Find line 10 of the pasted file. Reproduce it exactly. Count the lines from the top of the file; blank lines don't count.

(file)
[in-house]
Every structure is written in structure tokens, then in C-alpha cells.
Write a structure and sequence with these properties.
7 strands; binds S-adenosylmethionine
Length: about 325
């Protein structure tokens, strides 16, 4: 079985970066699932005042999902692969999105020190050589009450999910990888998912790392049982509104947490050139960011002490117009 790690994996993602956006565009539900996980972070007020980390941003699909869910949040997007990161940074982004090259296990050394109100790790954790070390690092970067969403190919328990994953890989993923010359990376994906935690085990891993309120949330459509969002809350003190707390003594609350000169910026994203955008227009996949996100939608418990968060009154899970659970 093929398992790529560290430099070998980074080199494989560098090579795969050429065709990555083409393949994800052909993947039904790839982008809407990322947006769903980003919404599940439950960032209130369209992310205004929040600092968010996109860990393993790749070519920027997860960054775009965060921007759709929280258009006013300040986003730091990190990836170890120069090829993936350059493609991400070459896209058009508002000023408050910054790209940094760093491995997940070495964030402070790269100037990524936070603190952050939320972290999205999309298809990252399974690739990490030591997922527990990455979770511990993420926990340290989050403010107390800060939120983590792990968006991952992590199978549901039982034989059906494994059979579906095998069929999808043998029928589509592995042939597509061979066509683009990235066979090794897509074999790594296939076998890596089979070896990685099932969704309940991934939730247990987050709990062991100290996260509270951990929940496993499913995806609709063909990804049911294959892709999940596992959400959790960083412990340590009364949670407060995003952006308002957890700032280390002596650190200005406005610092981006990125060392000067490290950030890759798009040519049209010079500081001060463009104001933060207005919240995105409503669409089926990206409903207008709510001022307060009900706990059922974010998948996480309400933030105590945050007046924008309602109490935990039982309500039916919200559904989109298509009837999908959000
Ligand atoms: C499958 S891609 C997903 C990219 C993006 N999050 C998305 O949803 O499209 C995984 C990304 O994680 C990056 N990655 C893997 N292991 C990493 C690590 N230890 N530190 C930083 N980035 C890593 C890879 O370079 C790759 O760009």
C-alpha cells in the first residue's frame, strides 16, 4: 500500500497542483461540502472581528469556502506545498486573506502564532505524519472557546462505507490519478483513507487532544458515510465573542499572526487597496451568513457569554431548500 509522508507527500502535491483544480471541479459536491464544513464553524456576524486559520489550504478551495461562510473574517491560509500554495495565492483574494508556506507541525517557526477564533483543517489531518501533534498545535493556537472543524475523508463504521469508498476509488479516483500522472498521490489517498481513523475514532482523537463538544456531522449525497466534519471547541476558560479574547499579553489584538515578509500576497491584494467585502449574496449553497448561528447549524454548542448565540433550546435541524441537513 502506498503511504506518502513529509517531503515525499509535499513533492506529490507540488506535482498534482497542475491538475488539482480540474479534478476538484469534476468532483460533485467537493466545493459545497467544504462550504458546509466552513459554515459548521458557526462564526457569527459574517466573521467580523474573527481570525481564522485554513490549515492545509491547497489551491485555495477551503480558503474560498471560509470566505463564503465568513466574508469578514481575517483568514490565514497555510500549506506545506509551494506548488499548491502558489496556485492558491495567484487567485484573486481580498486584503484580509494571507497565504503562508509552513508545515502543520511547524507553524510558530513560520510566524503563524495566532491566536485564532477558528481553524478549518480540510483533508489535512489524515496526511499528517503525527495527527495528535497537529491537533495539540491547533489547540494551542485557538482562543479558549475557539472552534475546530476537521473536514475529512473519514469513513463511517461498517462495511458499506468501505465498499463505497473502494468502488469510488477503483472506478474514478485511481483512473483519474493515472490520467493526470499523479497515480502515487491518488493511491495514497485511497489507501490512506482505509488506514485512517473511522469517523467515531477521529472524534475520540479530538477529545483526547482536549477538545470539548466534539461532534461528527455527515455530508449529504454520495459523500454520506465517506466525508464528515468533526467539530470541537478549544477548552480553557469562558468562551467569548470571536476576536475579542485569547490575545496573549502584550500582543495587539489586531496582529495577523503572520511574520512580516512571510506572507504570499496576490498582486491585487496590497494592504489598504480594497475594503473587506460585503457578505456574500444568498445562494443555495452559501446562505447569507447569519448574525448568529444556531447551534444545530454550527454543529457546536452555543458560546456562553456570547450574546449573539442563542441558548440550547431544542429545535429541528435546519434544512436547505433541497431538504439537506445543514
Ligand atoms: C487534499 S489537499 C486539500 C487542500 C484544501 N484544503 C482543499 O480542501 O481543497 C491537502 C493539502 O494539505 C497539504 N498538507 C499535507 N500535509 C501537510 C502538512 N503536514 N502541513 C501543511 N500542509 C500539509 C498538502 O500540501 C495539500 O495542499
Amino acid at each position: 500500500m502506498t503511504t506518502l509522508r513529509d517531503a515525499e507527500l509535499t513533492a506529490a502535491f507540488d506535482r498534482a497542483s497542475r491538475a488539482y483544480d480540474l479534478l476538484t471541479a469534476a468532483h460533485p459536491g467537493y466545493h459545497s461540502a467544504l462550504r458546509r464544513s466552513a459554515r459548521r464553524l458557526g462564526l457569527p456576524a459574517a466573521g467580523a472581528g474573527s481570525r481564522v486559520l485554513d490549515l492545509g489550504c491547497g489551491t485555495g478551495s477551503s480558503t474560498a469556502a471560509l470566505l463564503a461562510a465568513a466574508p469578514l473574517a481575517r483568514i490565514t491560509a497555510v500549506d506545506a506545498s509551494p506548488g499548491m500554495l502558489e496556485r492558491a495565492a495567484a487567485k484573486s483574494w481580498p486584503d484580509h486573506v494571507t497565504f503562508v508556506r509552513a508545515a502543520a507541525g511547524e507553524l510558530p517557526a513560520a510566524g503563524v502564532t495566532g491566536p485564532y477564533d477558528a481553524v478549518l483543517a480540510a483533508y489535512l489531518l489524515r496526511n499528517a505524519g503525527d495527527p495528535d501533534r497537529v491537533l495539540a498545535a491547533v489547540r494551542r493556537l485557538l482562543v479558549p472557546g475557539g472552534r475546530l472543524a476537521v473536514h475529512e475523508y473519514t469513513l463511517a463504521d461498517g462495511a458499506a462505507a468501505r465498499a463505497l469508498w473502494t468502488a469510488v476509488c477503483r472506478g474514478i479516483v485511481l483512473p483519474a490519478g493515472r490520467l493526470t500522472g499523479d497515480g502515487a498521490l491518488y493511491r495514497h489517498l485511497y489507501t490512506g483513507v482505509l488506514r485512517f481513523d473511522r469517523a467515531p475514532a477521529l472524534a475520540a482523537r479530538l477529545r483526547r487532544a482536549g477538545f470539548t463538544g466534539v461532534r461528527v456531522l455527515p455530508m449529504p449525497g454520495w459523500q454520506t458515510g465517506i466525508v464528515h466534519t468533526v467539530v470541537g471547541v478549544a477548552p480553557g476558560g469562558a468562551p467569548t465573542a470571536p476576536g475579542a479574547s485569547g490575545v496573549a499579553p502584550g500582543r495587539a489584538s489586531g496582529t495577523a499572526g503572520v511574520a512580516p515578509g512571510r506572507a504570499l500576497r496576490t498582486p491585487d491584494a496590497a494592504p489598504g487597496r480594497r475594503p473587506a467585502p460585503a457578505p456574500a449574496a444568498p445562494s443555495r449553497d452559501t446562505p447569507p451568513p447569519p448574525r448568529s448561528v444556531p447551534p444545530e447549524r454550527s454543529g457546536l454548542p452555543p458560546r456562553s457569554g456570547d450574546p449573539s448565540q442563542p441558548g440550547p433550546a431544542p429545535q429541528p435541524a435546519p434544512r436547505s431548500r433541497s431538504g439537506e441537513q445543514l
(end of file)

Amino acid at each position: 500500500m502506498t503511504t506518502l509522508r513529509d517531503a515525499e507527500l509535499t513533492a506529490a502535491f507540488d506535482r498534482a497542483s497542475r491538475a488539482y483544480d480540474l479534478l476538484t471541479a469534476a468532483h460533485p459536491g467537493y466545493h459545497s461540502a467544504l462550504r458546509r464544513s466552513a459554515r459548521r464553524l458557526g462564526l457569527p456576524a459574517a466573521g467580523a472581528g474573527s481570525r481564522v486559520l485554513d490549515l492545509g489550504c491547497g489551491t485555495g478551495s477551503s480558503t474560498a469556502a471560509l470566505l463564503a461562510a465568513a466574508p469578514l473574517a481575517r483568514i490565514t491560509a497555510v500549506d506545506a506545498s509551494p506548488g499548491m500554495l502558489e496556485r492558491a495565492a495567484a487567485k484573486s483574494w481580498p486584503d484580509h486573506v494571507t497565504f503562508v508556506r509552513a508545515a502543520a507541525g511547524e507553524l510558530p517557526a513560520a510566524g503563524v502564532t495566532g491566536p485564532y477564533d477558528a481553524v478549518l483543517a480540510a483533508y489535512l489531518l489524515r496526511n499528517a505524519g503525527d495527527p495528535d501533534r497537529v491537533l495539540a498545535a491547533v489547540r494551542r493556537l485557538l482562543v479558549p472557546g475557539g472552534r475546530l472543524a476537521v473536514h475529512e475523508y473519514t469513513l463511517a463504521d461498517g462495511a458499506a462505507a468501505r465498499a463505497l469508498w473502494t468502488a469510488v476509488c477503483r472506478g474514478i479516483v485511481l483512473p483519474a490519478g493515472r490520467l493526470t500522472g499523479d497515480g502515487a498521490l491518488y493511491r495514497h489517498l485511497y489507501t490512506g483513507v482505509l488506514r485512517f481513523d473511522r469517523a467515531p475514532a477521529l472524534a475520540a482523537r479530538l477529545r483526547r487532544a482536549g477538545f470539548t463538544g466534539v461532534r461528527v456531522l455527515p455530508m449529504p449525497g454520495w459523500q454520506t458515510g465517506i466525508v464528515h466534519t468533526v467539530v470541537g471547541v478549544a477548552p480553557g476558560g469562558a468562551p467569548t465573542a470571536p476576536g475579542a479574547s485569547g490575545v496573549a499579553p502584550g500582543r495587539a489584538s489586531g496582529t495577523a499572526g503572520v511574520a512580516p515578509g512571510r506572507a504570499l500576497r496576490t498582486p491585487d491584494a496590497a494592504p489598504g487597496r480594497r475594503p473587506a467585502p460585503a457578505p456574500a449574496a444568498p445562494s443555495r449553497d452559501t446562505p447569507p451568513p447569519p448574525r448568529s448561528v444556531p447551534p444545530e447549524r454550527s454543529g457546536l454548542p452555543p458560546r456562553s457569554g456570547d450574546p449573539s448565540q442563542p441558548g440550547p433550546a431544542p429545535q429541528p435541524a435546519p434544512r436547505s431548500r433541497s431538504g439537506e441537513q445543514l